In a new study published in the scientific journal Geophysical Research Letters, Professor Kurt H. Kjær from the DNRF’s Center for GeoGenetics, together with American researchers from NASA and other agencies, sets forth the discovery of a possible new impact crater underneath the ice sheet in Northwestern Greenland. This discovery happened only a few months after a similar one.
At the end of 2018, an international research team led by Professor Kurt H. Kjær, from the DNRF’s Center for GeoGenetics at the University of Copenhagen, presented the discovery of a gigantic meteorite crater underneath the ice sheet at the Hiawatha glacier in Northwest Greenland. By analyzing melting water that was transported from the underground of the Hiawatha glacier, the researchers could confirm that the crater was most likely caused by an iron meteorite. The discovery was the first time a crater of this size has been found under one of the Earth’s ice caps.
But new radar measurements now indicate that Professor Kjær, together with American researchers from NASA and other agencies, may have found another meteorite crater not far from the first one. If it is indeed a meteorite crater, it will be even bigger than the Hiawatha crater and may also have been created during the latest ice age.
“When we found Hiawatha, it was obvious to screen the entire area for more craters. And then we discovered this hole, located 183 kilometers from the first one and thus almost a neighbor hole. But we do not have all of the same landscape characteristics as with the first one. We do not have any “ground proof” because we would not be able to control which melting water would come from that hole,” said Professor Kjær.
Read more about the discovery of Hiawatha in an article by the DNRF here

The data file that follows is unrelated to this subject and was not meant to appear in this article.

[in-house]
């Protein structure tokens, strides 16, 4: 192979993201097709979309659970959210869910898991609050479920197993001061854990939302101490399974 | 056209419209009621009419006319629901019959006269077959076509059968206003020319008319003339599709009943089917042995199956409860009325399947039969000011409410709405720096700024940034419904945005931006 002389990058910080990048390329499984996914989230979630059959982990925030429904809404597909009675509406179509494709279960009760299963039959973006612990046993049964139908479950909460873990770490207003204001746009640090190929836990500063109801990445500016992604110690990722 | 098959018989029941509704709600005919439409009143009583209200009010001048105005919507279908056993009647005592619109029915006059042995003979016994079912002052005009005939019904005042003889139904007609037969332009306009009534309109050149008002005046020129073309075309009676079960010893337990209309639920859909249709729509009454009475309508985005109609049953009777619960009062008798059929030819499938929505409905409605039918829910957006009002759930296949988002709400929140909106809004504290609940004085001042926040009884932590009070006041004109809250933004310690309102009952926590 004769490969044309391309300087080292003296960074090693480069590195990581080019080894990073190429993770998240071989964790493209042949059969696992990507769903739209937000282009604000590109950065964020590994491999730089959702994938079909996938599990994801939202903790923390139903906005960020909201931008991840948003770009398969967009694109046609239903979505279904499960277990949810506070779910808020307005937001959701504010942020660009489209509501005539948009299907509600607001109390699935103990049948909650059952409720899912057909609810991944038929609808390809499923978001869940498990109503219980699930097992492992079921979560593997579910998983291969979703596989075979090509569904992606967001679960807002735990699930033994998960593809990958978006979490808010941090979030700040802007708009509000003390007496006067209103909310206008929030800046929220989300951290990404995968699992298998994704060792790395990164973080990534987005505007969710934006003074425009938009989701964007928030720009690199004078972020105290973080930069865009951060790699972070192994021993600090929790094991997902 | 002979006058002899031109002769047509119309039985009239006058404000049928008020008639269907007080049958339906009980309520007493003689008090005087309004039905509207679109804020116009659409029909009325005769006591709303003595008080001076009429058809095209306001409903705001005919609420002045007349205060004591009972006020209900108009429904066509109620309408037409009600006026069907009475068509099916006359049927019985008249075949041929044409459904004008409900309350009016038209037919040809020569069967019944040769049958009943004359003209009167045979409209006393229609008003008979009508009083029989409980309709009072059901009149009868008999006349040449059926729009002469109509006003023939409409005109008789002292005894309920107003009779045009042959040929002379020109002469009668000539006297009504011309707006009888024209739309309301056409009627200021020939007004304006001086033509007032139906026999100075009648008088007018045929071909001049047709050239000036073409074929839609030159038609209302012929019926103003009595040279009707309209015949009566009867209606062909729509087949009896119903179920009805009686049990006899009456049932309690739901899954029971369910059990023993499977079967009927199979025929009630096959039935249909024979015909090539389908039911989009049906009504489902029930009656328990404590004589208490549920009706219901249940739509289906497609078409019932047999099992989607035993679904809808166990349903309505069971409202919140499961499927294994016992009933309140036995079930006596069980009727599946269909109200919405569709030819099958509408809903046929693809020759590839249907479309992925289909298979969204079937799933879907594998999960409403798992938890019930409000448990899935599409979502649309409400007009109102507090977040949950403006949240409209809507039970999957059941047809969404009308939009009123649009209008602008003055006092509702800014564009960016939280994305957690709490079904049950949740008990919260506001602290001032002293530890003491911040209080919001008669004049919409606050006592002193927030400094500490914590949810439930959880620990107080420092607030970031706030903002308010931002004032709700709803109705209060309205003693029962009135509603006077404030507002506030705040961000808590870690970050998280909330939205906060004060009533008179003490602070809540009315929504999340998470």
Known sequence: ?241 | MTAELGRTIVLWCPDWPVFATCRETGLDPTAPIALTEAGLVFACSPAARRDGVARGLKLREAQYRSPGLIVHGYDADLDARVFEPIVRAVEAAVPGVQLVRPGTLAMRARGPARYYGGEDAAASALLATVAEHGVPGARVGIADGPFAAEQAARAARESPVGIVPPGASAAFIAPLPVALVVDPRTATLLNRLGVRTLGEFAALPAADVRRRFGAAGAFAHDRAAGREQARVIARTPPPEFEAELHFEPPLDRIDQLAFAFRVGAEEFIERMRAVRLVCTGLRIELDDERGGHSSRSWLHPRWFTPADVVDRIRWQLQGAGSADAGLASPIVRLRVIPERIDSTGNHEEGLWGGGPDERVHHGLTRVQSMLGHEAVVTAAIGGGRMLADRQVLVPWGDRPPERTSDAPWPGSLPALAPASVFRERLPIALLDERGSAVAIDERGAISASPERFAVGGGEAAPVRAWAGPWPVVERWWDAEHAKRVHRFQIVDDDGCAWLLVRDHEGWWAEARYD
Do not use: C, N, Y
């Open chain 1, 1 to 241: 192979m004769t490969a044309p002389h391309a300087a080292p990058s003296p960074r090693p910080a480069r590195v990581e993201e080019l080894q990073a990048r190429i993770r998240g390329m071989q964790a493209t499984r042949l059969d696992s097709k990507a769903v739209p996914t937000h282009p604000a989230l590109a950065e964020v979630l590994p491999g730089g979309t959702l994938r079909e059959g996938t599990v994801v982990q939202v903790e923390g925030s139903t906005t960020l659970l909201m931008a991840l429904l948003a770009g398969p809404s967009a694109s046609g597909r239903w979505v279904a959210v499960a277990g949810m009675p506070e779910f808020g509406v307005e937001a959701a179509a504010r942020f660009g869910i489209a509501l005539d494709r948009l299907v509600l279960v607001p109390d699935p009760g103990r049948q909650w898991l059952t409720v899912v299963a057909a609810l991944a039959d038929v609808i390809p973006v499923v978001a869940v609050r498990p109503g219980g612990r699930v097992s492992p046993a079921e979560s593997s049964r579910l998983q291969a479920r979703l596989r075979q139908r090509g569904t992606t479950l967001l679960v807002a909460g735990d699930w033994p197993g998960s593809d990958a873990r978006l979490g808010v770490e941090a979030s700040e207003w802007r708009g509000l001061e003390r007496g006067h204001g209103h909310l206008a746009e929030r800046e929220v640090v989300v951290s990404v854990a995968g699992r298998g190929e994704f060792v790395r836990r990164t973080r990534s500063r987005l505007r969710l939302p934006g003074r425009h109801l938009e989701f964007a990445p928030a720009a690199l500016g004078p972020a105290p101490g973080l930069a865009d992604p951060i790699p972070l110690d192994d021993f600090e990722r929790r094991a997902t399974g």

With the help of extremely advanced radar technology developed by the CRESIS Institute at Kansas University in the US, the researchers were able to scan the structure of the landscape underneath the thick layer of ice, and therefore, they were able to identify gigantic marks under the Greenland ice sheet. The scanning pictures from the radar measurements indicate that it might be a new meteorite crater, but nothing has been confirmed yet.
If the discovery is, in fact, a new meteorite crater, it will be – together with the Hiawatha crater from last year – among the largest that we know of worldwide. At 31 kilometers in diameter, the Hiawatha crater has been ranked as the 25th largest crater. The possible new crater seems to have a diameter of no less than 36 kilometers, which would make it the 22nd largest according to world rankings.
“If we have calculated correctly, it is incredible. Then we will have two giant asteroids that have come through the atmosphere within the same time frame and relatively close to each other, and on top of that, we are talking about a time when people have lived on Earth,” said Professor Kjær.
Det nye mulige krater vil blive opkaldt efter den verdensberømte glaciolog Stan Paterson, som døde i 2013, 82 år gammel.
Read the scientific article in Geophysical Research Letters here.
Further information can be found at Videnskab.dk here (in Danish).
Read more about the discovery at NASA Scientific Visualization Studio her.